Plant Parenthood: Rescue and rehabilitation

August 2021

Soon after we moved back in July of 2021, I’d been slowly taking over some of the plants from Oneal’s Dad’s garden. He was terribly amused when I asked if I could get some of the plants that were in the garden, if I could repot them, maybe bring some life back into them.

I think it made him happy when one of the philodendrons, a Green Emerald, I repotted came back to the lanai happy and healthy, lush and vibrant. I put it in a nice big white pot, and we put it on the ledge in the lanai.

September 2021

Now it’s so tall and lush that I needed to put a stick in the soil so that the plant wouldn’t topple over. It seems like every day I find new leaves sprouting, and it doesn’t even need fertilizer.

Another plant of Dad’s, also a philodendron, looked so sad when I first rescued it. But I put it in a new pot with new soil, and now it’s climbing!

Since Dad’s strokes late last year, he hadn’t been able to take care of his garden, and I’m sure that made him sad. We didn’t have the energy to look after them while he was sick, while he was bedridden, and even more so after he passed away. Since December, we’d been doing a lot of cleaning, fixing, throwing away stuff, having other stuff repaired. It’s been tough and tiring, and it’s emotionally draining.

It was only a few weeks ago that I found the energy to go through his plants, to see what could be saved, to move them around or repot.

Perhaps one of the biggest struggles was that I didn’t know what most of them were. I knew Dad had a lot of palms and spider plants. A lot of the palms were so big that I couldn’t really do anything except prune the dead leaves off, and water the ones that survived neglect. Some of the spider plants died. A few I gave away to friends, as I knew I couldn’t possibly take care of everything myself. It took me a while to figure everything out.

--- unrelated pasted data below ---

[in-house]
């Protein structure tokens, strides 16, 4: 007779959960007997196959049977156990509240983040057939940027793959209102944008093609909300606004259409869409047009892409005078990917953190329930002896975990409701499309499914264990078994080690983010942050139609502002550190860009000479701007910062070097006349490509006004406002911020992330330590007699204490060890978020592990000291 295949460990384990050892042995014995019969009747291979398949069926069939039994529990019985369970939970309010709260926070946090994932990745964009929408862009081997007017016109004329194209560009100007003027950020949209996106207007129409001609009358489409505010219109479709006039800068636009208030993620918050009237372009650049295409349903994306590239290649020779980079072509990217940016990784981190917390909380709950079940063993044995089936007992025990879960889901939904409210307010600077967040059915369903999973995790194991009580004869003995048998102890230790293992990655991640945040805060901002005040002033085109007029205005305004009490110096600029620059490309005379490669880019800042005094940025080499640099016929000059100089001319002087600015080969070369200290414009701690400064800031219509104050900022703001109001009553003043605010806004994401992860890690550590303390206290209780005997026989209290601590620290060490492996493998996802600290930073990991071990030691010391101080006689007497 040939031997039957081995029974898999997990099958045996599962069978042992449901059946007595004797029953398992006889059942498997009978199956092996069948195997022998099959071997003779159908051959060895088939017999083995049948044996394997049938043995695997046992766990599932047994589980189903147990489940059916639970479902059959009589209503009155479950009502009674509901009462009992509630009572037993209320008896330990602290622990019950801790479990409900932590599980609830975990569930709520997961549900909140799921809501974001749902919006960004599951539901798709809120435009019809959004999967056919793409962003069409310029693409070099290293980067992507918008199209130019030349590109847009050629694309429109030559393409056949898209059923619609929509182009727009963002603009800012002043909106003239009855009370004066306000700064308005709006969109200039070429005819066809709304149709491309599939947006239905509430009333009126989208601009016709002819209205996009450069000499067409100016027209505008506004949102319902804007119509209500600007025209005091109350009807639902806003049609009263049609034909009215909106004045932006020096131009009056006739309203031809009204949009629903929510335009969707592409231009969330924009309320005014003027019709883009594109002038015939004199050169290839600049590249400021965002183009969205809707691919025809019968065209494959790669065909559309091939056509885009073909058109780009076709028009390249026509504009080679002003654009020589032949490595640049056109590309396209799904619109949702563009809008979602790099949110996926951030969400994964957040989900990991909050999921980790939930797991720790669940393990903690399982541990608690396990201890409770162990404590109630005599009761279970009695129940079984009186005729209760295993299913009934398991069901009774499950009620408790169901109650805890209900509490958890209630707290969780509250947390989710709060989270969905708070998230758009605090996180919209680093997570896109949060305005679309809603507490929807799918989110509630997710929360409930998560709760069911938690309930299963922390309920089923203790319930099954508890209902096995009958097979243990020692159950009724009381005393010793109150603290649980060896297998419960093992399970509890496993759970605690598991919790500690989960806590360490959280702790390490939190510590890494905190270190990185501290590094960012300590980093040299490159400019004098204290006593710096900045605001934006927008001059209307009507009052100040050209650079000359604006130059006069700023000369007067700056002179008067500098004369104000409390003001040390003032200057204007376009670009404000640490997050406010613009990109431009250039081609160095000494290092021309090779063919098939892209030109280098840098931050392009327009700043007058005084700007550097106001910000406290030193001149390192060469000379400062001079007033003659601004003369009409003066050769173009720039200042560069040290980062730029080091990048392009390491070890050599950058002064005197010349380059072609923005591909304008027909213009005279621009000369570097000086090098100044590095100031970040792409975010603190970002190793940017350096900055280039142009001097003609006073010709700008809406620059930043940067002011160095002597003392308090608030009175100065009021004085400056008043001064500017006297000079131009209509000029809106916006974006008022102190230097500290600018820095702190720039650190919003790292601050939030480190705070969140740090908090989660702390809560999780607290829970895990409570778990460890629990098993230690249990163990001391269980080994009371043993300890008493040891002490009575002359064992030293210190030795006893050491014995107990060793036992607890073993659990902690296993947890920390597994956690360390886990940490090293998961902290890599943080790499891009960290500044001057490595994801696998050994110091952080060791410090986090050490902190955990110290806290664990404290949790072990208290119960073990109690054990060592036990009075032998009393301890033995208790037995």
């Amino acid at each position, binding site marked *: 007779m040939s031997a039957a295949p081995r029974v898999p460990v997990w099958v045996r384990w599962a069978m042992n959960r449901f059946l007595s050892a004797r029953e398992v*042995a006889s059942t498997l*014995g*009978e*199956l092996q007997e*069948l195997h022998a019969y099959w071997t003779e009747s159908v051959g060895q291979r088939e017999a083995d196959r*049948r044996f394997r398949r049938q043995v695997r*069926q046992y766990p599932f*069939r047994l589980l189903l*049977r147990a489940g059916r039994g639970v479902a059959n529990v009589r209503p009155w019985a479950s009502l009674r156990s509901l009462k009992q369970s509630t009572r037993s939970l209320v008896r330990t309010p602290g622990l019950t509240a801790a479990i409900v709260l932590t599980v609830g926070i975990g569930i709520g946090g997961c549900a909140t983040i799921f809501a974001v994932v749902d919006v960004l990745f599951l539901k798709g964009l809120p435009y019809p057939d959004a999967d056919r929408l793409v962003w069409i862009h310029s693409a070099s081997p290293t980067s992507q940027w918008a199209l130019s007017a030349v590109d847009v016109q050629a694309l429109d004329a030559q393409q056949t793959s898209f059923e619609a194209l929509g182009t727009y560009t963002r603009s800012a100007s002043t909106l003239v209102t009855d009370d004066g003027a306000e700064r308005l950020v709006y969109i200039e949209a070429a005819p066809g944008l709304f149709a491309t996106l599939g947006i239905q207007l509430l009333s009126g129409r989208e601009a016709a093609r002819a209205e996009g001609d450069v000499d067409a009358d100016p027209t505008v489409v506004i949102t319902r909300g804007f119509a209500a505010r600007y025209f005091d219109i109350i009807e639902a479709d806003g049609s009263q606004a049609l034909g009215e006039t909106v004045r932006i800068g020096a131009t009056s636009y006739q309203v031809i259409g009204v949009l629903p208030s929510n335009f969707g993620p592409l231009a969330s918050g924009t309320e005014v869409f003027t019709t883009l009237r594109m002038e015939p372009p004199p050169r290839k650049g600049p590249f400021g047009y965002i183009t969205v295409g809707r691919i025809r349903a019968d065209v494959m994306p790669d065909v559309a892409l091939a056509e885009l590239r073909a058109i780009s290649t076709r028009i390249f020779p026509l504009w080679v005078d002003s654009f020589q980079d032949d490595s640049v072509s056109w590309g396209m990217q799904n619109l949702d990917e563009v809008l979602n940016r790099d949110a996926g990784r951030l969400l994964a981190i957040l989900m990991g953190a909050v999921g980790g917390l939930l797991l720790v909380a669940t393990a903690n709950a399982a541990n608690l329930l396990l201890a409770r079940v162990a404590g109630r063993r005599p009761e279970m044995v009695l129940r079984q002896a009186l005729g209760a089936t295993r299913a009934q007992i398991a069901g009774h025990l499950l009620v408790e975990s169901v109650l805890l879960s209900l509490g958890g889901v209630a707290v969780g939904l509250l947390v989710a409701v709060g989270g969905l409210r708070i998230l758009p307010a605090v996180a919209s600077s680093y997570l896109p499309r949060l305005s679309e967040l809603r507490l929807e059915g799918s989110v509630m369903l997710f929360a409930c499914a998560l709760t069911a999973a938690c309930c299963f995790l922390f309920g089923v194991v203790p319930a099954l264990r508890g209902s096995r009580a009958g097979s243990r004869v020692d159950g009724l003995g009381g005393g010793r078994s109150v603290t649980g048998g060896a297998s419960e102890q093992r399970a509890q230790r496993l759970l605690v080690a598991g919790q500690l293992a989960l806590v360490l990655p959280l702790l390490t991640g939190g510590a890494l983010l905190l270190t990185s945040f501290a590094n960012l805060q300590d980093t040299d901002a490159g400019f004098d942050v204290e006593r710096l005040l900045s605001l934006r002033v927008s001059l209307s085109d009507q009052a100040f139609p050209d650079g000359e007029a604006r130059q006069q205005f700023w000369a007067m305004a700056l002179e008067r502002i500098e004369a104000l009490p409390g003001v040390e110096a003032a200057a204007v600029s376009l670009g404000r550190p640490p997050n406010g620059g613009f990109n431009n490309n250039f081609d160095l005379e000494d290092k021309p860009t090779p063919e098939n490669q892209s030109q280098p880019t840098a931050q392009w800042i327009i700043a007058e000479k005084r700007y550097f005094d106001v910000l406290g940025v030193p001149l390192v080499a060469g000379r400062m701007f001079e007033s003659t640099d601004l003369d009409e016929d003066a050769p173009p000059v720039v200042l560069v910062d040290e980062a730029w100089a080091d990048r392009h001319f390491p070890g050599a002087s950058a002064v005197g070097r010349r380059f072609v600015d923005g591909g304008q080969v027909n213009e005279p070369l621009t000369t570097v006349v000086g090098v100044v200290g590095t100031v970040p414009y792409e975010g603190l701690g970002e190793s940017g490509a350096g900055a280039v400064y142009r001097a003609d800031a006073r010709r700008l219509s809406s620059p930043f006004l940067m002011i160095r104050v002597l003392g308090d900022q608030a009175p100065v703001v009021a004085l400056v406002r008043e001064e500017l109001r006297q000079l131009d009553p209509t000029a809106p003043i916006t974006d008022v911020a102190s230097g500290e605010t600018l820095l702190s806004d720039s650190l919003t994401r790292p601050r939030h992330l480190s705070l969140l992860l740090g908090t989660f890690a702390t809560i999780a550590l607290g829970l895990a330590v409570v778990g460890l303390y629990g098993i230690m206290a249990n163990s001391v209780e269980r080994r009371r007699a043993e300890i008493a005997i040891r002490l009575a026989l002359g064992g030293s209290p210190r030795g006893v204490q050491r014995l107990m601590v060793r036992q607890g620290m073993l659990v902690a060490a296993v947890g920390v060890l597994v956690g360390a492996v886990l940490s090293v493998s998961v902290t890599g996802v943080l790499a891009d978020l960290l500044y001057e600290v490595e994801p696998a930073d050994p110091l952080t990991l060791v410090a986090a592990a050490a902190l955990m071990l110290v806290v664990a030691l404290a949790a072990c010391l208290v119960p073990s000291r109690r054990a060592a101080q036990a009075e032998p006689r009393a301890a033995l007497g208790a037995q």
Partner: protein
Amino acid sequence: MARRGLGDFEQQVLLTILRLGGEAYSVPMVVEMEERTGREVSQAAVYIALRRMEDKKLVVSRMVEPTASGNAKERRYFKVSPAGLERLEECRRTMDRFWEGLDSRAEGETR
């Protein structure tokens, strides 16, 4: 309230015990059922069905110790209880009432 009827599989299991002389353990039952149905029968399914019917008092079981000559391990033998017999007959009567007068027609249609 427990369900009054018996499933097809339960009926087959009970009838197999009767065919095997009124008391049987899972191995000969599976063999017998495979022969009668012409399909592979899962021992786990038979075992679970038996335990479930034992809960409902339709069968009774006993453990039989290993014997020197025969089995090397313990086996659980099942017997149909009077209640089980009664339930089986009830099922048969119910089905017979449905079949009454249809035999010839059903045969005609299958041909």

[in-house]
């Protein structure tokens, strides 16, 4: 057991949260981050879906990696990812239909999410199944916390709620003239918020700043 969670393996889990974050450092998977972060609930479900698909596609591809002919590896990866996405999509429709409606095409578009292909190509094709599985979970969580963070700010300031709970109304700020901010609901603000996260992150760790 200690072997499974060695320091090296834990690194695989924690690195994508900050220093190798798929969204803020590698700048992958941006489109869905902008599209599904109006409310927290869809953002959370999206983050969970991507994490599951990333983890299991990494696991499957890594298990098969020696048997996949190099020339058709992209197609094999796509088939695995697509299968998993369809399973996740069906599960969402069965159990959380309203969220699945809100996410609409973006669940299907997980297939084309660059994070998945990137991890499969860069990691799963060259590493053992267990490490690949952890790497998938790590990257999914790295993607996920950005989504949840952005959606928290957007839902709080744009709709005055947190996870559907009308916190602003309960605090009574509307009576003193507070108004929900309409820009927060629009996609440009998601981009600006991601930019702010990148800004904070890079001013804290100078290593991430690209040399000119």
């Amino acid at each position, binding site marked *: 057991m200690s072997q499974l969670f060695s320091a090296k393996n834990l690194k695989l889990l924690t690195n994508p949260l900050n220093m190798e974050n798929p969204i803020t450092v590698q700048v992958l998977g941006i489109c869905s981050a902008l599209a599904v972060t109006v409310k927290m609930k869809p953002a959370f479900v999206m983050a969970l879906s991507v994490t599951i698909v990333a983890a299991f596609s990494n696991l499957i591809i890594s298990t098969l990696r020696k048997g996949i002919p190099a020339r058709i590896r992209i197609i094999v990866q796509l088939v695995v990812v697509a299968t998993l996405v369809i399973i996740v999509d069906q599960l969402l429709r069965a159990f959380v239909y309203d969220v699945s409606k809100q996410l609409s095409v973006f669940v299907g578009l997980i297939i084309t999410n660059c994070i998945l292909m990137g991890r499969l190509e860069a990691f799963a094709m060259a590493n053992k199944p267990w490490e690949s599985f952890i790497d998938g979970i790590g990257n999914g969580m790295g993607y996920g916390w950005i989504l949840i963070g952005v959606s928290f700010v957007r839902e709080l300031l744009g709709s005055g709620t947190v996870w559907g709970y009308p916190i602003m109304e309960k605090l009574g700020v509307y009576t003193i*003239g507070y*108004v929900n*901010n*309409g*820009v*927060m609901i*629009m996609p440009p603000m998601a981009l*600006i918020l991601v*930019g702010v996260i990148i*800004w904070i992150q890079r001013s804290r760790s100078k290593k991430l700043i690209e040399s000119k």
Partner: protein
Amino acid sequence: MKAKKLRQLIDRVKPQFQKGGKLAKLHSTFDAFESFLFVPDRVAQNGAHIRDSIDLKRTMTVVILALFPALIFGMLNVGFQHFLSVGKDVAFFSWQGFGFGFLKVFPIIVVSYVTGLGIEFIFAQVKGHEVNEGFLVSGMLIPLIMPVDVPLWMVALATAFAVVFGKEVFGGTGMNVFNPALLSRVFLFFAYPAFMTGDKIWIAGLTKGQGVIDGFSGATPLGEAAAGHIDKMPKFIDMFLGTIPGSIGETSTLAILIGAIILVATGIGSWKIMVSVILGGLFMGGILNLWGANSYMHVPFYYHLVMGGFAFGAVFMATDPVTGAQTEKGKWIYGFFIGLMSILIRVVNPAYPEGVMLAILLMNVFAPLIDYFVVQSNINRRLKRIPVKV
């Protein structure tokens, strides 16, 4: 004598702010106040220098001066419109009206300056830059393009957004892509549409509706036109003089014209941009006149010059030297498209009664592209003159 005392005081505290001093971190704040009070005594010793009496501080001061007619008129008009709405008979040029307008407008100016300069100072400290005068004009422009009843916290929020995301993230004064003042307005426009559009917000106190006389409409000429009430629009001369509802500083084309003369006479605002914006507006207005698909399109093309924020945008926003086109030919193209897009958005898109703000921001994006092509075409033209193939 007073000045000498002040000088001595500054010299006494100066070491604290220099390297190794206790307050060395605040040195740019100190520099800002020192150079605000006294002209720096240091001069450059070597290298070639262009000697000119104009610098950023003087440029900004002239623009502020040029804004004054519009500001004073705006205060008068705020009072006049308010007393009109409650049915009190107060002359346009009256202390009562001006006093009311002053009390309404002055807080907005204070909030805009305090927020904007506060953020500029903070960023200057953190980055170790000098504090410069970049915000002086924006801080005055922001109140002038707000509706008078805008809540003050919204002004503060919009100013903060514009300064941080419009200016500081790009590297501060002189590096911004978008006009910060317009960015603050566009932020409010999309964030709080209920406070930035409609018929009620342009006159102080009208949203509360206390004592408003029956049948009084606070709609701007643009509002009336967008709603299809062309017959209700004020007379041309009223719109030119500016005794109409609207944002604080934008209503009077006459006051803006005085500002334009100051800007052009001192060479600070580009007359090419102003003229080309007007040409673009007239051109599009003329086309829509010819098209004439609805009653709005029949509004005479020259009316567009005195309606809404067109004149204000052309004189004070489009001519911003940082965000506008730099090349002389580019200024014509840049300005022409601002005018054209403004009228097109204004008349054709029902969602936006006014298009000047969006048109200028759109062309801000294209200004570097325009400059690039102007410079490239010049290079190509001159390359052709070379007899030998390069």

Dad’s bougainvillea plants were so dry. Their thorny stems stabbed me every time I walked past them, and I was sorely tempted to give up on them. But after a week or two of diligent daily watering, I noticed new leaves on one, and soon, bright pink flowers! Hopefully the other two catch up soon.

One of the biggest surprises was the aglaonema moonlight bay. I used to joke with Dad that it looked like pechay, and I didn’t really pay attention to it. A few weeks back, I finally took a closer look, and I realized they were aglaonema, similar to the aglao red lipstick I adore. I took them from their spot in the garden, checked on them, and moved them around. I am happy to report that I’ve seen new leaves sprouting here and there. 

One of the most beautiful plants in Dad’s garden is the elephant ear. It looks like those plants you see in fancy resorts and hotels, as it grows giant leaves.

I didn’t really bother looking it up until my friend MR saw them and said, “Ang ganda! Mahal yan di ba?” I looked it up, and now I’m trying to take better care of it.

There’s much more: the plants I repotted, the ones I relocated, the ones I couldn’t save. There’s the regular struggle of watering all the plants outside the house, and sweeping the dead leaves, and sawing off dead branches before they fall and hurt someone or scratch a neighbor’s car. There’s the forest on the balcony, and the calamansi tree in the garden.

I’ve come to spend weekends and holidays in the garden, my feet and hands covered in soil. Lucas helps by watering the plants. Oneal helps with adding holes to plastic bottles, and with moving around heavy terracotta pots. I hope it cheers Dad to see us working in his garden and taking care of his plants.

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